fall of icarus breugel
If you look carefully, you can see his legs as he drowns, in the far distance of the painting. They are dwarfed by the horse’s rump …
Landscape with the Fall of Icarus is described in W H Auden’s famous poem Musée des Beaux-Arts , named after the museum in Brussels which holds the painting.
Fall of Icarus is the abbreviated name of this classic painting and features a stylish scene in which a large character makes his way across the foreground of the painting, with an elaborate landscape scene sitting behind him that contains a traditional harbour and sunlight glowing from the back. It is unusual for an artist of this period to feature characters in such a large size and within the foreground of the painting, with Pieter Bruegel himself normally prefering smaller characters in larger numbers.
There has long been great discussion over the Landscape with the Fall of Icarus painting because it does not fit consistently into the career of Pieter Bruegel the Elder for several different reasons. Firstly, the artist used tempera on canvas in all his other paintings where as this was created in oils as seen far more commonly now. The mythological topic around which this painting was based would also be the only time that Bruegel would have done this.
Landscape with the Fall of Icarus is a painting in oil on canvas measuring 73.5 by 112 centimetres (28.9 in × 44.1 in) in the Royal Museums of Fine Arts of Belgium in Brussels. It was long thought to be by the leading painter of Dutch and Flemish Renaissance painting, Pieter Bruegel the Elder. However, following technical examinations in 1996 of the painting hanging in the Brussels museum that attribution is regarded as very doubtful, and the painting, perhaps painted in the 1560s, is now usually seen as a good early copy by an unknown artist of Bruegel’s lost original, perhaps from about 1558. According to the museum: “It is doubtful the execution is by Breugel the Elder, but the composition can be said with certainty to be his”, although recent technical research has re-opened the question.
Though the world landscape, a type of work with the title subject represented by small figures in the distance, was an established type in Early Netherlandish painting, pioneered by Joachim Patiner, to have a much larger unrelated “genre” figure in the foreground is original and represents something of a blow against the emerging hierarchy of genres. Other landscapes by Bruegel, for example The Hunters in the Snow (1565) and others in that series of paintings showing the seasons, show genre figures in a raised foreground, but not so large relative to the size of the image, nor with a subject from a “higher” class of painting in the background.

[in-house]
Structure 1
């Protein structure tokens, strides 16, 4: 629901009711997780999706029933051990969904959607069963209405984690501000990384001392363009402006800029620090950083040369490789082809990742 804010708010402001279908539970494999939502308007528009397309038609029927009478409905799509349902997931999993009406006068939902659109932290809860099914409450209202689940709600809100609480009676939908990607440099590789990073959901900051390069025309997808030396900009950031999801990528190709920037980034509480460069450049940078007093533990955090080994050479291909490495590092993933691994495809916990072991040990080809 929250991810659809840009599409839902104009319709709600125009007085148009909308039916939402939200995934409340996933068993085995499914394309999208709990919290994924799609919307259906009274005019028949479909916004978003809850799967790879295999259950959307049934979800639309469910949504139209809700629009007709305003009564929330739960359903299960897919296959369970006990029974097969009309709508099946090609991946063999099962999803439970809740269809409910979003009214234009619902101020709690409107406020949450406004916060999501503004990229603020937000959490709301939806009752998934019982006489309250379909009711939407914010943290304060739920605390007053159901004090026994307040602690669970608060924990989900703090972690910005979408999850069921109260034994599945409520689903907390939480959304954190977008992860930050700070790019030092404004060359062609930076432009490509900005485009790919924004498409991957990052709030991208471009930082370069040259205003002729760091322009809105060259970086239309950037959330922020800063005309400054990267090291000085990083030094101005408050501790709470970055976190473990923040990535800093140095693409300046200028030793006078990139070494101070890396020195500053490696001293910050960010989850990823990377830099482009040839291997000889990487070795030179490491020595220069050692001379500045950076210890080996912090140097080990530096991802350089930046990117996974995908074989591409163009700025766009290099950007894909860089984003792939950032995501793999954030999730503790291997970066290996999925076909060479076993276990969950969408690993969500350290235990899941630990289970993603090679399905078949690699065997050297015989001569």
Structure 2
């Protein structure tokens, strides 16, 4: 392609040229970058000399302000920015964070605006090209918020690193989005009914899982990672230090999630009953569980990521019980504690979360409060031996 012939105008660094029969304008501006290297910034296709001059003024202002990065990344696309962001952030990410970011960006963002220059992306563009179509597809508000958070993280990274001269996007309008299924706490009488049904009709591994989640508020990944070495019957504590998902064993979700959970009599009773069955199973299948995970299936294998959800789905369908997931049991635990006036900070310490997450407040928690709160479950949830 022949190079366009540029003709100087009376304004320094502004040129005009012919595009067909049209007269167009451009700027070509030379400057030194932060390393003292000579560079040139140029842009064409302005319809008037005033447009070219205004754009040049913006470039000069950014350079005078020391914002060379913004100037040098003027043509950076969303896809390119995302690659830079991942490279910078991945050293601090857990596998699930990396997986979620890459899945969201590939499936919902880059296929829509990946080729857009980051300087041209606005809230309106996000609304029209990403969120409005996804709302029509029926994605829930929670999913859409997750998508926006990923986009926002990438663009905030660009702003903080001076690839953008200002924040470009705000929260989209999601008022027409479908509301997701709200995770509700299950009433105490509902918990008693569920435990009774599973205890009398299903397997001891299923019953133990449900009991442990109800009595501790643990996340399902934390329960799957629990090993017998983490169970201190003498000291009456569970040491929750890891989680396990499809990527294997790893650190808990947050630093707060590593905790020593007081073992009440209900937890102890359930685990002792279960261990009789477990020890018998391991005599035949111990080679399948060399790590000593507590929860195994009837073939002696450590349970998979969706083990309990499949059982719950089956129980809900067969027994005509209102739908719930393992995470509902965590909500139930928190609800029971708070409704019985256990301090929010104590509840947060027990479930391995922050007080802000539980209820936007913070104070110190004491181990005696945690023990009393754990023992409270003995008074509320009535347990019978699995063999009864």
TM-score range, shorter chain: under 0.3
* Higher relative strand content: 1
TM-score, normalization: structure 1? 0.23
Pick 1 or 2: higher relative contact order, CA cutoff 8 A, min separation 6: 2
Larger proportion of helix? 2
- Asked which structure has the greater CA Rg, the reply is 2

Still, it hurts that this iconic poem about what for so many years was considered an iconic painting is no longer entirely correct. A friend suggested that by changing only a couple of letters in Auden’s title, the poem could be completely accurate: “Musée des Faux Arts.”
The Netherlandish artist Pieter Bruegel the Elder (1525-1569) is one of the most admired painters in the history of Western art. His ravishing and poignant “Hunters in the Snow” is one of the world’s best loved paintings. And he’s especially loved by poets. William Carlos Williams was awarded a posthumous Pulitzer Prize for his 1962 collection “Pictures from Brueghel and Other Poems,” which includes his extraordinary series that gives the book its title. (The “h” in Bruegel, once commonly used, is no longer considered correct.) And one of the great poems about art is W.H. Auden’s “Musée des Beaux Arts” (from 1938, on the brink of world-wide suffering), which is about a painting called “Landscape with the Fall of Icarus” in the museum in Brussels that gives the poem its title.
There is some speculation that Bruegel himself might have been a victim of malicious gossip towards the end of his life, although no specific narrative supports this theory. It is known, however, that he left this work to his wife, and Karel van Mander has argued that the gesture was a loaded one: “he was referring by the magpie to the gossips, whom he would like to see hanged.”
Oil on wood – Kunsthistorisches Museum, Vienna, Austria